Re: Do’s and Don’t’s - Posted by Millie I.
Posted by Millie I. on October 08, 1999 at 22:29:47:
There are many things you need to know about a 6 unit:
1)It is a commercial property. When financing, your required down-payment may be as high as 30%, unless you have excellent credit history, good income, and a fat bank account. If you do a double close, make sure your buyer has the financing or resources to close.
2)Never buy a property because you “think” the price is good, or the resale price will “probably” be… You are asking for trouble. If you want to be in this business, you don’t just ‘think’, you verify, confirm, you do a ‘comp’, get an appraisal. You have to “know” that you are buying below market value in order to make room for profit when you flip, or you’re setting yourself up for a big disappointment.
3)What are the rents per unit? Are they at market value? Can they support the building and still provide positive cashflow? Why are there 2 vacancies? Are there problems? Will the deal be good enough to attract your buyer, and still give you some walking money? You make sure of that or you have no deal.
4)Did the seller show you all the expenses? Taxes, insurance, utilities, management, advertising, maintenance, repairs, vacancy, etc. You have to consider all these even though you just want to flip. You have to calculate your buyer’s potential profit/loss before you know whether you should buy or pass. If your buyer don’t make a profit, he won’t buy, and you don’t have a deal.
- Have you considered what to do if your buyer fall through right before closing? Do you have a plan B to prevent your seller from suing you for performance? Do you have a sufficient out-clause? Do your homework first.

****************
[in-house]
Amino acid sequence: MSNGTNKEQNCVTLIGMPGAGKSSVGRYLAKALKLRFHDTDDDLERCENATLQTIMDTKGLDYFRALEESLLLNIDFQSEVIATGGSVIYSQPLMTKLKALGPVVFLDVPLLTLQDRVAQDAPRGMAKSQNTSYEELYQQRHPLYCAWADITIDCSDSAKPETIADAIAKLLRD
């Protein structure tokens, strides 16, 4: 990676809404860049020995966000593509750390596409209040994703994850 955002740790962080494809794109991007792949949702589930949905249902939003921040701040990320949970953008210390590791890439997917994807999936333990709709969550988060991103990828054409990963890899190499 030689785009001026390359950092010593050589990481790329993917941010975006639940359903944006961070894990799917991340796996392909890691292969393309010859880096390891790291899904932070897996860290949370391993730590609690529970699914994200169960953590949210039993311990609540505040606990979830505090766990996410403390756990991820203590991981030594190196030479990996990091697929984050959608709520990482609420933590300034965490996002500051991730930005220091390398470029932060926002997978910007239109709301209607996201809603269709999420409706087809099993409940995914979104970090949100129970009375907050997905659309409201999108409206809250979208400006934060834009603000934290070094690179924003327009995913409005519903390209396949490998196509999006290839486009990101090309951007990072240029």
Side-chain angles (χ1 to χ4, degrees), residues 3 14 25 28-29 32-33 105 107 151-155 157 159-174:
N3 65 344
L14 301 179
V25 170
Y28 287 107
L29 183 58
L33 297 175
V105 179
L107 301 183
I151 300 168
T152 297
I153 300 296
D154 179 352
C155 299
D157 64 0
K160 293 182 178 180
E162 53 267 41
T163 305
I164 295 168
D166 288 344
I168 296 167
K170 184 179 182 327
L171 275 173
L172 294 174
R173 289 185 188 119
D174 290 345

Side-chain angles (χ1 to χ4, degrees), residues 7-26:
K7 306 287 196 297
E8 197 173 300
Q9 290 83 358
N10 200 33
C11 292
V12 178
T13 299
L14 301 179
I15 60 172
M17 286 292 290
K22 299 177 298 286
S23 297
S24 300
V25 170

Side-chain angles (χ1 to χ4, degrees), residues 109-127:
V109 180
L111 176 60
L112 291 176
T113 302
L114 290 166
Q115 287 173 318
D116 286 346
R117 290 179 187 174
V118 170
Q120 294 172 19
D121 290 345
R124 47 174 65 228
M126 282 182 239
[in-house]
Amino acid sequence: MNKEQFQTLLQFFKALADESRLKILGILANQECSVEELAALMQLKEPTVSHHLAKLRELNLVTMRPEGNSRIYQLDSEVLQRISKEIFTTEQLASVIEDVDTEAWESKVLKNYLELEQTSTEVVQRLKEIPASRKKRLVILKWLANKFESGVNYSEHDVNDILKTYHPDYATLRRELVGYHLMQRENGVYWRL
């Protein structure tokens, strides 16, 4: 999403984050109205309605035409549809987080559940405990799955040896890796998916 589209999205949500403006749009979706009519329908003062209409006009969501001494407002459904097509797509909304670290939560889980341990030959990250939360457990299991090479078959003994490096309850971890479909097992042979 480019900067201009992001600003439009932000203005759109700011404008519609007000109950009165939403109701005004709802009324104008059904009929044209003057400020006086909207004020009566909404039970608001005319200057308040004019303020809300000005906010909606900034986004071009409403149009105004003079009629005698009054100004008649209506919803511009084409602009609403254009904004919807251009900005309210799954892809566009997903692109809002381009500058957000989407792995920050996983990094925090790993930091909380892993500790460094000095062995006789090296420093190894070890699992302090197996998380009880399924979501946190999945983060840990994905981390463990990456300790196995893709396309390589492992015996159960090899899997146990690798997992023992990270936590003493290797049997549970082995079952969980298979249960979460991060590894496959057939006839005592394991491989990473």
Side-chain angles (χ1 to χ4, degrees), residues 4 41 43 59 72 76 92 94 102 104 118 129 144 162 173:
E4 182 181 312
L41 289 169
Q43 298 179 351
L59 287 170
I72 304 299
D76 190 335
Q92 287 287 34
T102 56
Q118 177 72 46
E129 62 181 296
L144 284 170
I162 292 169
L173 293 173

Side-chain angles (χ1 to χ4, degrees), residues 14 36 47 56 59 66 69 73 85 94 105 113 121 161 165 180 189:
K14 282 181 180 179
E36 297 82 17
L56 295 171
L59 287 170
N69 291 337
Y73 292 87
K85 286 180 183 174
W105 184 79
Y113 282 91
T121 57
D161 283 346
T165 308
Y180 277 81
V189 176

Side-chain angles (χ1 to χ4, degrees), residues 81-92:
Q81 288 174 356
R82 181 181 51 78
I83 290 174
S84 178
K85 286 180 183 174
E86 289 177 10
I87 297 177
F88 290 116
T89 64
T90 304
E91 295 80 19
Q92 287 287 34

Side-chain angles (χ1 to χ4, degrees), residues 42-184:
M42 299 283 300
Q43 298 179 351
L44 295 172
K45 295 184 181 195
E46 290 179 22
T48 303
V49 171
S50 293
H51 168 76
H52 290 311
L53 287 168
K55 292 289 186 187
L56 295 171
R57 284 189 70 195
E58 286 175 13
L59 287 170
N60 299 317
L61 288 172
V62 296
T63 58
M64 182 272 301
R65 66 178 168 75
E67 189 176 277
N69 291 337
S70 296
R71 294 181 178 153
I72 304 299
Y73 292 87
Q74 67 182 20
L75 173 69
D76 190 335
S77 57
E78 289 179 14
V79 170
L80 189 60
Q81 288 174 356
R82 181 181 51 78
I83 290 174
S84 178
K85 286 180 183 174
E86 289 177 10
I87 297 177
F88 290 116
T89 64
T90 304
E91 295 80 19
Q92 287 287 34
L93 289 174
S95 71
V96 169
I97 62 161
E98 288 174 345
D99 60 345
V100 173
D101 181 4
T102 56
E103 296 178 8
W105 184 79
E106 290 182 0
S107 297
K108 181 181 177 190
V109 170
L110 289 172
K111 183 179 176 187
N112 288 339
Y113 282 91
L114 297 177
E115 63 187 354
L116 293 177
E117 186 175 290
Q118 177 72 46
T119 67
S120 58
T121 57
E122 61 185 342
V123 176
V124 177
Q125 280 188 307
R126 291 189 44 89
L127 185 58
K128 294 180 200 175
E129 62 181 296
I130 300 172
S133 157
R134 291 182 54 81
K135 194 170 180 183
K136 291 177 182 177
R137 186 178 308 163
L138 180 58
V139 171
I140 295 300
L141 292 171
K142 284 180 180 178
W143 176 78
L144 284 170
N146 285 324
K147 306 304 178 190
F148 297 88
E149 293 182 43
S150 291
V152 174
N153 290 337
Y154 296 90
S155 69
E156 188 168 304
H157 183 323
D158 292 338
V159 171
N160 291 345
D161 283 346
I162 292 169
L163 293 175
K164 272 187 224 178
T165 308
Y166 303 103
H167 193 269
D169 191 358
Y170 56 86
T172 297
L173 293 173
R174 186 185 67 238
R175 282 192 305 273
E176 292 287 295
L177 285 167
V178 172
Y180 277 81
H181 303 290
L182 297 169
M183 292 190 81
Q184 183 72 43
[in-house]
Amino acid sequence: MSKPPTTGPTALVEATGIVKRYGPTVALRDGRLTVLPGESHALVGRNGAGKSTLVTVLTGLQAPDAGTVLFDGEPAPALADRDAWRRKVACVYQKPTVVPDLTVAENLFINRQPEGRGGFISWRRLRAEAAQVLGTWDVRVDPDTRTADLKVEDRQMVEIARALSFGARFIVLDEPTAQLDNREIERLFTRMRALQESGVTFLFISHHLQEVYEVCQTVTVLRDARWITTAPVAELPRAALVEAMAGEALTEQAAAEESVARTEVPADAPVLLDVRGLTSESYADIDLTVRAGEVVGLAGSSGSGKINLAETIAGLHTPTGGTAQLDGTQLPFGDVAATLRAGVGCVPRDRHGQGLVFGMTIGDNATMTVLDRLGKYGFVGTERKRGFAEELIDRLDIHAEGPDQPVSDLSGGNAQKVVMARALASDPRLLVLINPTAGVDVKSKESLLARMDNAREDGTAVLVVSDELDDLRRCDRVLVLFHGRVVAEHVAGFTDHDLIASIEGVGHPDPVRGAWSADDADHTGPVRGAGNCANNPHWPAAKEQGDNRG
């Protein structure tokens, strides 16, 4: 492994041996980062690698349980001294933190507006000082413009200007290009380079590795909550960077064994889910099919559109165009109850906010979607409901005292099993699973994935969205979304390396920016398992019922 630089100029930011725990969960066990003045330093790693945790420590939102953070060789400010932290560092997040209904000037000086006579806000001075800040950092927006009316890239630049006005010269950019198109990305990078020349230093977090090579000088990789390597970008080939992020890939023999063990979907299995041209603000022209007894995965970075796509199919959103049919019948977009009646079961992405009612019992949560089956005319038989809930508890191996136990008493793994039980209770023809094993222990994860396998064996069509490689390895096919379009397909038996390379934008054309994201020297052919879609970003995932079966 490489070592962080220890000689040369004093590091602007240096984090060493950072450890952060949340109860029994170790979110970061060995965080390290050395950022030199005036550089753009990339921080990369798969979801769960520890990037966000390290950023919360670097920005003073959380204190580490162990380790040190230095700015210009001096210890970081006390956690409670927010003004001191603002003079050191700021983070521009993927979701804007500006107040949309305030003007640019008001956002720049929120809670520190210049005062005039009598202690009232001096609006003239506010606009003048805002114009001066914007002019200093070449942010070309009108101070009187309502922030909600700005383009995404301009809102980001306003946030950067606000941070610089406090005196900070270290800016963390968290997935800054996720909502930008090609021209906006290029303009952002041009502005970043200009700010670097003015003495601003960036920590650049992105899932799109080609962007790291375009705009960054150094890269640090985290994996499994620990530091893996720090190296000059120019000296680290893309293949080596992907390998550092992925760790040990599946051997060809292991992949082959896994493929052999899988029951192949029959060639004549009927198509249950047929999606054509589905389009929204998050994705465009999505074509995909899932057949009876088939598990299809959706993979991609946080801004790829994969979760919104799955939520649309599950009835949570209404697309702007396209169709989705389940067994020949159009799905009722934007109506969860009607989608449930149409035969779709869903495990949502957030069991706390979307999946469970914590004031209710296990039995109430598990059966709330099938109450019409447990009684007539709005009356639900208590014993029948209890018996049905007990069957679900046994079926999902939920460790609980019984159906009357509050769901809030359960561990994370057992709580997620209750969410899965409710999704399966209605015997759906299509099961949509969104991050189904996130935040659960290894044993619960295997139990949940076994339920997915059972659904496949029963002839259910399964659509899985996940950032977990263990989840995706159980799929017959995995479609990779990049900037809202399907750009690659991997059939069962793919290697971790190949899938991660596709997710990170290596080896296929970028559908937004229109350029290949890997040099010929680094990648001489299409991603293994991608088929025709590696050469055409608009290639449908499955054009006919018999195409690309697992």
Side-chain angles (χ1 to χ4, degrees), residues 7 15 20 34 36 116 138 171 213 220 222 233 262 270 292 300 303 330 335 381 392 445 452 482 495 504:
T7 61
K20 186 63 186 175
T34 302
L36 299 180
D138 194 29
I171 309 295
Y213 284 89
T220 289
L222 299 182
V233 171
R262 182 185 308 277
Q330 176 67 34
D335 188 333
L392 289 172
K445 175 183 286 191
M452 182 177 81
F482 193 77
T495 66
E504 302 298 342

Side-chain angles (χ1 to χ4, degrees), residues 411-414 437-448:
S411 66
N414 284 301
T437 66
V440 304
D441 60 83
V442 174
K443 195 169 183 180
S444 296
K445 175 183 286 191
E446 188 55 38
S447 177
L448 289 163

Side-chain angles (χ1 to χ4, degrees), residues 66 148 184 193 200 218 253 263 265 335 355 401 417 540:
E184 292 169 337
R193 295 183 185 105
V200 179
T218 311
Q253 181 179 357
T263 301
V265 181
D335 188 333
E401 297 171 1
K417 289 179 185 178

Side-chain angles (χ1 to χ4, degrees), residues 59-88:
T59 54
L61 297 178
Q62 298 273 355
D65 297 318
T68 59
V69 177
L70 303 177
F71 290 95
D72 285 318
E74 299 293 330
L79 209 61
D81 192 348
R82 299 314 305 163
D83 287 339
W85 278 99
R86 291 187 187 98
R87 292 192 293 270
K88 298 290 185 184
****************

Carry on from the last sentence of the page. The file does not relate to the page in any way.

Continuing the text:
6)You could just assign your contract to your buyer, and collect $2000 for bird-dog fee, provided that your buyer do not circumvent you, and buy it behind your back. Things like that happen everyday.
7)Investors that post signs out that say ‘I buy houses with cash’ are mostly wholesale buyers looking for a very good deal. If you ask for $150K, they’ll want to pay $80K. They also want you to owner-finance them, or sell it to them with no money down. Such investors do not pay retail, and definately not at full price.
8)My experience with selling retail is to the common folks that wants everything in perfect condition, they will pay full price for ‘full occupancy’ and ‘easy management’. They just want to collect rent. These people are everywhere, but a lot of them go to realtors because they do not know how to buy a house, and they don’t trust you. Experienced investors usually have a list of buyers that they have established a rapport with, and know what the buyers are looking for before they buy the houses to flip to them.
Don’t mean to discourage you, if you want to do this, you might as well know the pros and cons. If Flipping is new to you, maybe you should do single family homes first. They are cheaper to buy, lower risk, and sellfaster.